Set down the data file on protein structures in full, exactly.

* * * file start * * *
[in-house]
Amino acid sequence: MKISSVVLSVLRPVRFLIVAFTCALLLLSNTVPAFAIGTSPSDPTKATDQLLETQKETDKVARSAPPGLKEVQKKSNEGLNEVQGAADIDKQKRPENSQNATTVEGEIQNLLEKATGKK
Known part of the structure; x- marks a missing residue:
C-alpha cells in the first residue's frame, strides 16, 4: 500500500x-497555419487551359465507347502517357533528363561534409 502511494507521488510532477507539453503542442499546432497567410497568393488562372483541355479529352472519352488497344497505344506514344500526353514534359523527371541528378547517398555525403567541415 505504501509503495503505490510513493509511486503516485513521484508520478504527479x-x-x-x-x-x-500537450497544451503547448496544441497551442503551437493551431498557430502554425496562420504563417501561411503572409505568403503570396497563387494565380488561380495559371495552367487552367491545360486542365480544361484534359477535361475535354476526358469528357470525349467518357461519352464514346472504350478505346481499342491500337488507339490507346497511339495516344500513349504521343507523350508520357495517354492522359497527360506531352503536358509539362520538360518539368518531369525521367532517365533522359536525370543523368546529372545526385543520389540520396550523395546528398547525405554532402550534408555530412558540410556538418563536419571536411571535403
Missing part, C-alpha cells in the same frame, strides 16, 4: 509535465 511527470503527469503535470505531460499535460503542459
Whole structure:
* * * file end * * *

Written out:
[in-house]
Amino acid sequence: MKISSVVLSVLRPVRFLIVAFTCALLLLSNTVPAFAIGTSPSDPTKATDQLLETQKETDKVARSAPPGLKEVQKKSNEGLNEVQGAADIDKQKRPENSQNATTVEGEIQNLLEKATGKK
Known part of the structure; x- marks a missing residue:
C-alpha cells in the first residue's frame, strides 16, 4: 500500500x-497555419487551359465507347502517357533528363561534409 502511494507521488510532477507539453503542442499546432497567410497568393488562372483541355479529352472519352488497344497505344506514344500526353514534359523527371541528378547517398555525403567541415 505504501509503495503505490510513493509511486503516485513521484508520478504527479x-x-x-x-x-x-500537450497544451503547448496544441497551442503551437493551431498557430502554425496562420504563417501561411503572409505568403503570396497563387494565380488561380495559371495552367487552367491545360486542365480544361484534359477535361475535354476526358469528357470525349467518357461519352464514346472504350478505346481499342491500337488507339490507346497511339495516344500513349504521343507523350508520357495517354492522359497527360506531352503536358509539362520538360518539368518531369525521367532517365533522359536525370543523368546529372545526385543520389540520396550523395546528398547525405554532402550534408555530412558540410556538418563536419571536411571535403
Missing part, C-alpha cells in the same frame, strides 16, 4: 509535465 511527470503527469503535470505531460499535460503542459
Whole structure: